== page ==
I’ve tried this before; I even wrote a post about it, only to break about three days in. But today, two months into this drastic lifestyle change, I truly feel as though I’ve made enough of a change in both my mindset and my fitness that I can’t see ever reverting back to that lifestyle. They say it takes 66 days to form a new habit (21 days is apparently a myth, thank you Google), so I’m right around that mark. Although I’m aware that I’m riding the new high of all this extra serotonin, dopamine, and endorphins, I know that I couldn’t let myself go back to such a sedentary life. I don’t want to write a fun series about one month trying it. I want this to be forever. Because… you guessed it…
I feel fucking fantastic. I feel better than I have in a very, very long time. I dare say I feel the best I ever have.
I wanted to write about this change because I wrote about it on a (rare) recent Instagram photo, and a few people commented that they’d like to read about my journey. I also wanted to dip my toe back into blogging and, seeing as this has been a huge part of the last two months for me, it seemed natural to write about it.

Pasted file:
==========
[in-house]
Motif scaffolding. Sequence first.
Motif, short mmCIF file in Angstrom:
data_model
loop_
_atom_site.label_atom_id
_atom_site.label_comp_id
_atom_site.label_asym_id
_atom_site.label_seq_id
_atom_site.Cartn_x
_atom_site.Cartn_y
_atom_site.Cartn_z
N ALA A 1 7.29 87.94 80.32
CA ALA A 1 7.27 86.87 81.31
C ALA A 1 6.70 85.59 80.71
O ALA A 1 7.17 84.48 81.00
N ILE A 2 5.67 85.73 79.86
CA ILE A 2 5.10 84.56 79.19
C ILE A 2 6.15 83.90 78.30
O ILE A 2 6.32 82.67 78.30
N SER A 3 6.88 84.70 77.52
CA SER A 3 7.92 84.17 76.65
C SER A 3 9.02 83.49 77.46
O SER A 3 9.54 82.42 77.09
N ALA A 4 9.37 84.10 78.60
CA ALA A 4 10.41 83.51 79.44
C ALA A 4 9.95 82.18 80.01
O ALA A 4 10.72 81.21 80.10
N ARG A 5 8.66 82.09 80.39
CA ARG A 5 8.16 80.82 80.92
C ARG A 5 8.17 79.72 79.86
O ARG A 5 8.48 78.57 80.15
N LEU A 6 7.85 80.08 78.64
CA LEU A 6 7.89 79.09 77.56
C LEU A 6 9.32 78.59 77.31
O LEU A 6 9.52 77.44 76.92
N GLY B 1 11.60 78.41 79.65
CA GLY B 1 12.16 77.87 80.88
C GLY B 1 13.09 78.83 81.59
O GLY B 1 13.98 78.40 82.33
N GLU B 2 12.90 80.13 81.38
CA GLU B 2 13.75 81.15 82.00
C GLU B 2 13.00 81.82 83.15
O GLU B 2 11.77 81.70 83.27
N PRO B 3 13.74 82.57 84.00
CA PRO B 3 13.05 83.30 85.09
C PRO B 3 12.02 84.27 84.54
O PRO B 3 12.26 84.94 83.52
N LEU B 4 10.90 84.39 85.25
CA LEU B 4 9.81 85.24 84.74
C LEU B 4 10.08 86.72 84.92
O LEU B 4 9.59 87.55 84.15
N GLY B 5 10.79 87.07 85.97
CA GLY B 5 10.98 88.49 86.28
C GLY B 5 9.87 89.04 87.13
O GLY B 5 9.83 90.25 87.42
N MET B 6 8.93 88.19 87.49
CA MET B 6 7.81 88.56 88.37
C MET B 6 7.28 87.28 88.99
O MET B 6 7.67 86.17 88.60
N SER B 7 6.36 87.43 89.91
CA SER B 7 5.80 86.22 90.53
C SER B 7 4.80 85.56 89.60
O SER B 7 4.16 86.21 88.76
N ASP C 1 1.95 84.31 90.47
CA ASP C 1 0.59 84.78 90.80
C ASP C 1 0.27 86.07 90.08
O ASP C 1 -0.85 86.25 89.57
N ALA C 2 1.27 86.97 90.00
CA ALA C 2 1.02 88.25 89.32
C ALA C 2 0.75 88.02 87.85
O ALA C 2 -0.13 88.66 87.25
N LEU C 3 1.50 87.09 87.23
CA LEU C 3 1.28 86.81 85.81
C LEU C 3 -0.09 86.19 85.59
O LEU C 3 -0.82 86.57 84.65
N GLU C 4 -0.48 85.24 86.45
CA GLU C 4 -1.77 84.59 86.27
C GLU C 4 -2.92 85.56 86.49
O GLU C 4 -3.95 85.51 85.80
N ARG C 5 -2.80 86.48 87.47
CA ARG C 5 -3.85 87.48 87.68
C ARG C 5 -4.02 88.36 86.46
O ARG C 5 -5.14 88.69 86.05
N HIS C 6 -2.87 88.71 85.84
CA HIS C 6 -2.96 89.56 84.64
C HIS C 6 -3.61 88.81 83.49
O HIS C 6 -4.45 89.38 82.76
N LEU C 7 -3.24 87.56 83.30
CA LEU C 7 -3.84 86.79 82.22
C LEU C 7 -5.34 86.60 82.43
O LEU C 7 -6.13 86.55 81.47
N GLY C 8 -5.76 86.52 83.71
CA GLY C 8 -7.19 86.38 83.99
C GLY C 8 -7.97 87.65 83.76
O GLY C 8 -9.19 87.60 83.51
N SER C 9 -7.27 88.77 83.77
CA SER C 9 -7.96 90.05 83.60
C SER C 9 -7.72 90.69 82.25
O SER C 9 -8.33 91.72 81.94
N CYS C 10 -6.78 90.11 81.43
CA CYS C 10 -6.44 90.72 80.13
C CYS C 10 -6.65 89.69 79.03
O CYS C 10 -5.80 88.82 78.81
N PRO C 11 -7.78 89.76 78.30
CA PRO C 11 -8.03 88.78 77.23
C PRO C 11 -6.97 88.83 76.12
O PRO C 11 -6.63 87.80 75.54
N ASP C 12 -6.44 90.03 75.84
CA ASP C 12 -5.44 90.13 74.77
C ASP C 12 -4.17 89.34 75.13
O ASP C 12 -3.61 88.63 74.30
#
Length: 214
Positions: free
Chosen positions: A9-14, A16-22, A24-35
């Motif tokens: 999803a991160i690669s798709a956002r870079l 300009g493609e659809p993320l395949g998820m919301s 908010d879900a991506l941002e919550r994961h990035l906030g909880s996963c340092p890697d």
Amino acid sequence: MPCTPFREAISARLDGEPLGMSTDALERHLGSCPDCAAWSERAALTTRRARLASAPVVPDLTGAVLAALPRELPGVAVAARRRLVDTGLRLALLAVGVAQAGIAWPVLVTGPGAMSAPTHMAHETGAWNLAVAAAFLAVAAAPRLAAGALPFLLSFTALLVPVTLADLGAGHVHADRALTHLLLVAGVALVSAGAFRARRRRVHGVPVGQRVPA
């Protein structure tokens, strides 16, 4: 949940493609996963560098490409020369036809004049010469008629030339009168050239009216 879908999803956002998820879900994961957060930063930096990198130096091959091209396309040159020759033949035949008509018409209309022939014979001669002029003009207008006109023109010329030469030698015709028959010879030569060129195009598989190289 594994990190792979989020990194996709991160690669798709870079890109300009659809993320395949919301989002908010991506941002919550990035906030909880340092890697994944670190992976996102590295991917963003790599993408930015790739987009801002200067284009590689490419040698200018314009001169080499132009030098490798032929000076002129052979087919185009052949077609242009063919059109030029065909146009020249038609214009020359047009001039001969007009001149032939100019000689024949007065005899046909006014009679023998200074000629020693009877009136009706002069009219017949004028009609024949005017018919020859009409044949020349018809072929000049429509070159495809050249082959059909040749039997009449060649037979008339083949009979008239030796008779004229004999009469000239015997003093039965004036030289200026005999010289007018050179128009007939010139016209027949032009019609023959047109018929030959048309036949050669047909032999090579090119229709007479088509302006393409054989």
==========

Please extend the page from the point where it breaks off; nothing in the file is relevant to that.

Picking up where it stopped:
Because I am the absolute queen of brevity (*cough*) I wrote everything out and it quickly added up to nearly 10,000 words (hint: productivity and creativity may be two things I’ve seen skyrocket since changing my lifestyle). I’m assuming most people don’t feel like reading an entire novella on someone else’s lifestyle changes in one go, so I’ve broken those 10,000 words into five blog posts that will be posted within the next two weeks, this being the first. Instead of the weekly blog posts I wrote in previous years in a series like My Month Without, I’m posting them all in a row. It just made more sense to me that way.
Coming up, you can read about how I’ve approached fitness (and stay motivated, including my favourite online resources), how I’ve approached food (including a few tips that have worked to stay motivated to eat healthily), how I’ve approached mental health (AKA why the fuck I’m not online anymore), and finally, the results I’ve seen and more importantly, the results I’ve felt, both in body and mind.